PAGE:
Lastly, in 1612, Louis Mardo, Le Jeune's nephew, published a 2nd book of Meslanges, in which, judging from the miscellaneous contents, he must have collected all that he could still find of his uncle's works, French chansons à 4, 5, 8, canons, psalms, a magnificat, a fantaisie, Latin motets, and Italian madrigals.

In the higher branches of composition Le Jeune never met with great success. The Belgian and Italian masters would not look at his writings.[10] Burney regarded him as a man of study and labour, rather than of genius and facility, but this judgment was only passed on some of his very earliest works.[11] Fétis, on the other hand, considered him naturally gifted, but without the education of a great master; and this opinion seems to be borne out by the success of his simpler, and the failure of his more elaborate works.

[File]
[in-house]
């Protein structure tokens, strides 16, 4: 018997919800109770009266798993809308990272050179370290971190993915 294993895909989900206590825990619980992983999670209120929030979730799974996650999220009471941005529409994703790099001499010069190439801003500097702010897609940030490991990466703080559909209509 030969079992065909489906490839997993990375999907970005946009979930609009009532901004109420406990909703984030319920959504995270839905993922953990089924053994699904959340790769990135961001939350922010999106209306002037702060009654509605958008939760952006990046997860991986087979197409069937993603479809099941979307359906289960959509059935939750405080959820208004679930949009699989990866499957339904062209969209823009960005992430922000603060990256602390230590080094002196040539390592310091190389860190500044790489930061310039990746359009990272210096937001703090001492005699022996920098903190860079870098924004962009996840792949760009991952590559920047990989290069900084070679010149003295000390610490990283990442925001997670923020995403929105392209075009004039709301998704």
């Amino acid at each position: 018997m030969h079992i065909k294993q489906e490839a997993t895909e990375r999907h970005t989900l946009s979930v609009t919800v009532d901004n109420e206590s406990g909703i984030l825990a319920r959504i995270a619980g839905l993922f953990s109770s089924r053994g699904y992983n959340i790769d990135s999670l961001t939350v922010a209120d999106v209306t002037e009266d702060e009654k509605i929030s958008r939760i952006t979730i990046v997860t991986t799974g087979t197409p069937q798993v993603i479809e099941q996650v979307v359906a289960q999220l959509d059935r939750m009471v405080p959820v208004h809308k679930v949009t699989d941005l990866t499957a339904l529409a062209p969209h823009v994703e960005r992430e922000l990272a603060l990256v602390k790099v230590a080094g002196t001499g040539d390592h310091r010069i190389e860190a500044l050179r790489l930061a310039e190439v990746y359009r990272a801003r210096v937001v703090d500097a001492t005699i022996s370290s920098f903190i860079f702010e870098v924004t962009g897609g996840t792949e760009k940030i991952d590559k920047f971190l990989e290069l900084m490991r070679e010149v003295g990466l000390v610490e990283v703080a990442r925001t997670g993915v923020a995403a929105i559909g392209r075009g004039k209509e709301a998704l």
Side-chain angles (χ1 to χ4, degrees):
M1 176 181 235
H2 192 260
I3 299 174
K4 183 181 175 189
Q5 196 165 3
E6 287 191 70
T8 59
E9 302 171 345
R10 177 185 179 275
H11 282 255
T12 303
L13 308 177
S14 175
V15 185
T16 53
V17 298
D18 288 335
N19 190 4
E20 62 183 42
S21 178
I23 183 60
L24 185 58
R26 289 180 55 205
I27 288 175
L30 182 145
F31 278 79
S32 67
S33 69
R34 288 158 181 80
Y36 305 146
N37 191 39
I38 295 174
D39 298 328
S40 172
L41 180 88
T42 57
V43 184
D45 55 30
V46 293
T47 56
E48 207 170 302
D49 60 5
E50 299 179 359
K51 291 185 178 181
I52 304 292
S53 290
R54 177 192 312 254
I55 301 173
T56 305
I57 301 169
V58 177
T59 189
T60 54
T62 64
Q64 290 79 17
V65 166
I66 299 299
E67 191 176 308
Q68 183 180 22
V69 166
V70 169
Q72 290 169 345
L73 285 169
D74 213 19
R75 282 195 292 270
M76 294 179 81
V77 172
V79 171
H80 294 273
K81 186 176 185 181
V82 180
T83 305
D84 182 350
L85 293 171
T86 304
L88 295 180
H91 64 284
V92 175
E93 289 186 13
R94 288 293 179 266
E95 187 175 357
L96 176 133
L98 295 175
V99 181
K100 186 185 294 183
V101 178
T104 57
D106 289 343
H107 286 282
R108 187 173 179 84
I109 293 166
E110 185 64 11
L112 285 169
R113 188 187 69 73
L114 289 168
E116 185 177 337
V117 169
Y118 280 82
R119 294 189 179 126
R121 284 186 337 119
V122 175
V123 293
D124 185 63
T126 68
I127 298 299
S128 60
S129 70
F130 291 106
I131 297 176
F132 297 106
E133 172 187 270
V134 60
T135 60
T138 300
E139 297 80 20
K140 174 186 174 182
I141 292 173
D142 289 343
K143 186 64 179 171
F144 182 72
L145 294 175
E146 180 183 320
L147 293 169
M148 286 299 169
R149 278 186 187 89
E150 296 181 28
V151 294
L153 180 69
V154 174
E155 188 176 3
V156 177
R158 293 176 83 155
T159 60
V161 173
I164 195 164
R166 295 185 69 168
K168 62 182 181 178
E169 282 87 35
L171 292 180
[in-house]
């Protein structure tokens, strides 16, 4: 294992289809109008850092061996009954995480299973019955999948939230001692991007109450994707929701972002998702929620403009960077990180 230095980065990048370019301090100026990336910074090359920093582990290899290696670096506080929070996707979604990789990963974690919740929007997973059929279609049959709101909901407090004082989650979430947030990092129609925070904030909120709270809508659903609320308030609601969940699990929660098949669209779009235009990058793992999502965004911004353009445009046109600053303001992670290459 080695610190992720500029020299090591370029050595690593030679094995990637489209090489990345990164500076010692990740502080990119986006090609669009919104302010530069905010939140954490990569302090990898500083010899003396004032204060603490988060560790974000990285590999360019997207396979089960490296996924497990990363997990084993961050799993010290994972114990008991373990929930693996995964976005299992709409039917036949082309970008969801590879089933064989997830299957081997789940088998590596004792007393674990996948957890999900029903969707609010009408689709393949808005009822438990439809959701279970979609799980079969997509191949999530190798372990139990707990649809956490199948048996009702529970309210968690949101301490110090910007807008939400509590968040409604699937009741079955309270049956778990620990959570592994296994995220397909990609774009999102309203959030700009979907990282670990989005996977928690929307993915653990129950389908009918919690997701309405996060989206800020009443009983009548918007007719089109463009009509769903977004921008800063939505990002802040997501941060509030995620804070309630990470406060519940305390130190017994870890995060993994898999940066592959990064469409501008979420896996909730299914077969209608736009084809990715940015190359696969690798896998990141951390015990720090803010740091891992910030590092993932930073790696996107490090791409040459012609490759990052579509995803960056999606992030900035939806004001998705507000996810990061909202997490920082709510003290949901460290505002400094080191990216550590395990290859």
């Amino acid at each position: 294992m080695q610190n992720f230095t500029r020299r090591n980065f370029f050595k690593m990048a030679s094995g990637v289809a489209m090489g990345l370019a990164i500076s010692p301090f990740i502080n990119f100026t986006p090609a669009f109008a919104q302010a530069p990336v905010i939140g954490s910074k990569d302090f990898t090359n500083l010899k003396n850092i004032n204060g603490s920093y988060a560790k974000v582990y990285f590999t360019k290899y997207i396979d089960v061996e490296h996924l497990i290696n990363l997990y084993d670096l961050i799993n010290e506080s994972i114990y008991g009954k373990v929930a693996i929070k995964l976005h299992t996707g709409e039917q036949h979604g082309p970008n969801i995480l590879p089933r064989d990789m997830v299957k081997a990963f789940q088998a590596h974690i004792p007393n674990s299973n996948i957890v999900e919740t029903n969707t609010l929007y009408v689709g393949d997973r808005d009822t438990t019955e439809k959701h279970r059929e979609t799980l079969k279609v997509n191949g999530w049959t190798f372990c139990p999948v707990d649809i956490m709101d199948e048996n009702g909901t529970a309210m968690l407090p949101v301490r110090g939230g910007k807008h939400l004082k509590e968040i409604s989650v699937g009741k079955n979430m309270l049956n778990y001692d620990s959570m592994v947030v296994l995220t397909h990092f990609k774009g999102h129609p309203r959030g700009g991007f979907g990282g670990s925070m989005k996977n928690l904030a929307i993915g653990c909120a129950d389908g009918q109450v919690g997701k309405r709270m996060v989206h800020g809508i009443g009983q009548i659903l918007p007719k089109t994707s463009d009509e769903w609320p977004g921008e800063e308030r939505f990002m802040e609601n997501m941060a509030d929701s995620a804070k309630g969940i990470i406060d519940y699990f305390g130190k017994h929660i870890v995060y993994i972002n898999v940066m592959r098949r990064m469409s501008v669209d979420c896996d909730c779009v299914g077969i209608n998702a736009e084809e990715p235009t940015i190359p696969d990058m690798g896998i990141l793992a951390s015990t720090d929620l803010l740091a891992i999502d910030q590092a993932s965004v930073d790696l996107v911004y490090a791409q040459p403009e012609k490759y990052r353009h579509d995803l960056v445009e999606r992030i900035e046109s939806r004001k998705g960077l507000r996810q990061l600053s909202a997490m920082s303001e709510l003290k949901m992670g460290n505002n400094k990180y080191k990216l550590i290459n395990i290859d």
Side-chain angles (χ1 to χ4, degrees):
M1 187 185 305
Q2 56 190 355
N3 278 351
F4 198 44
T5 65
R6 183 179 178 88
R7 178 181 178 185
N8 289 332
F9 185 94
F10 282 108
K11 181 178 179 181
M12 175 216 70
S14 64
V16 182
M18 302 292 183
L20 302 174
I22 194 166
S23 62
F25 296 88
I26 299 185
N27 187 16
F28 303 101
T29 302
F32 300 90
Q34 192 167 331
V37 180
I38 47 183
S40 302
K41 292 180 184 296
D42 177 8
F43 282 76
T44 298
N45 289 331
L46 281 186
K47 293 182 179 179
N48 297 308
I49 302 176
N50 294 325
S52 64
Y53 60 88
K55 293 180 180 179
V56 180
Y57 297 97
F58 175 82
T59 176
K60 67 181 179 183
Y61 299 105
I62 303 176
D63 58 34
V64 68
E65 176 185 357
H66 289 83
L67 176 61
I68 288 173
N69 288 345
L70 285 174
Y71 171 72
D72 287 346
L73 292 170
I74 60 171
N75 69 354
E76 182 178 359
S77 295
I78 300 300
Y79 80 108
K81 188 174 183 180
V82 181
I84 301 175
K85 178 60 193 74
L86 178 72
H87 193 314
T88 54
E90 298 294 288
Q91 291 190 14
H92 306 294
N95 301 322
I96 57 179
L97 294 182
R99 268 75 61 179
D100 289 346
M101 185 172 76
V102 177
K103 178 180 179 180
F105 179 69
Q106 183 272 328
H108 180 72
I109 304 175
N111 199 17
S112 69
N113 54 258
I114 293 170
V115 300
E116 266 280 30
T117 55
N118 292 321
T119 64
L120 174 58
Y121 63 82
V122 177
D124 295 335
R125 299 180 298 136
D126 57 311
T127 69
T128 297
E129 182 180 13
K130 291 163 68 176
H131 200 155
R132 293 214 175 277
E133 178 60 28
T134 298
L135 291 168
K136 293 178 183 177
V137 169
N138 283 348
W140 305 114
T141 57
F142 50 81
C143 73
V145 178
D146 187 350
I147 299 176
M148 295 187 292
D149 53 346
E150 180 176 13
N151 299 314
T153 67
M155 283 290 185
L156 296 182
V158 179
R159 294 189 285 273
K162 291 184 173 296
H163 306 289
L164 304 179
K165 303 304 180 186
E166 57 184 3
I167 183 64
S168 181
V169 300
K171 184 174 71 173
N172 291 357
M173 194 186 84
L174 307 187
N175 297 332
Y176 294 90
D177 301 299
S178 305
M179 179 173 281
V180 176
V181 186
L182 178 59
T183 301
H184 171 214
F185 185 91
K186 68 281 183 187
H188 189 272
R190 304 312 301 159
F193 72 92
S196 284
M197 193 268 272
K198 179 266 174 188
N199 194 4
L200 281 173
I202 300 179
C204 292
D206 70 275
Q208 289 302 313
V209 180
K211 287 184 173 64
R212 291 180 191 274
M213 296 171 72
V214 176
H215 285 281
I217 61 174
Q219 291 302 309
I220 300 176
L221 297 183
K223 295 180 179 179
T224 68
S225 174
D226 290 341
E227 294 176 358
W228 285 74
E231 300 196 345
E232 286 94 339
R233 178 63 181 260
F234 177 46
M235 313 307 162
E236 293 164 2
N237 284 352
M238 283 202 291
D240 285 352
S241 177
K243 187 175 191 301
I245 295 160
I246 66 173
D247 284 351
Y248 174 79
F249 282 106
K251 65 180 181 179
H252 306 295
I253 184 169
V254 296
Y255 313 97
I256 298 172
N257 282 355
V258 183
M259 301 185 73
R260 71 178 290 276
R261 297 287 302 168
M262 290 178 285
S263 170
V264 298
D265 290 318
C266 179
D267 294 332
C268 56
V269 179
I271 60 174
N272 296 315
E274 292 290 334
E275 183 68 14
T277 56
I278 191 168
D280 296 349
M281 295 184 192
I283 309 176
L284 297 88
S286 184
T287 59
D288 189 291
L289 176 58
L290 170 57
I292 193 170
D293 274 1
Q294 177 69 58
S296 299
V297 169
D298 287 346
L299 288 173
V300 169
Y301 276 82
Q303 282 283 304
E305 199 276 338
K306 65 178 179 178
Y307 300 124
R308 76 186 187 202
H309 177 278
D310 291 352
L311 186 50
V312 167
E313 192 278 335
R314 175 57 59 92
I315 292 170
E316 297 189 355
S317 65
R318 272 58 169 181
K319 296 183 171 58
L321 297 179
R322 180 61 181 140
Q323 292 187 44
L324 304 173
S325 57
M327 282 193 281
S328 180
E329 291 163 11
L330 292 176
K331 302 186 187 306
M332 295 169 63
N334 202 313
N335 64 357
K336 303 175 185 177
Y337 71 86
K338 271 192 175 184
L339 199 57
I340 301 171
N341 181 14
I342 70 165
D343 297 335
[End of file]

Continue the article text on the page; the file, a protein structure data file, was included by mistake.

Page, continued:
Le Jeune is generally regarded as a Frenchman, though his birthplace did not become part of France till 1677. It would however be no great honour to be called the chief musician of an ungrateful country, which suffered Jannequin in his old age to bewail his poverty, which had killed poor Goudimel, and could now only boast of a decaying and frivolous school. It is more to his honour to remember him as the composer of one little book which was destined, after his death, to carry God's music to the hearts of thousands in many lands.
  1. The story goes that an officer was so excited by an air of the composer's that he cried out, with oaths, that he must attack some one, and was only pacified when the character of the strain was altered. Whatever truth there may be in the story, the effect was more probably produced by some martial rhythm in the music than by any superior intelligence which Claude possessed in the use of the modes, to which it is attributed by the narrator.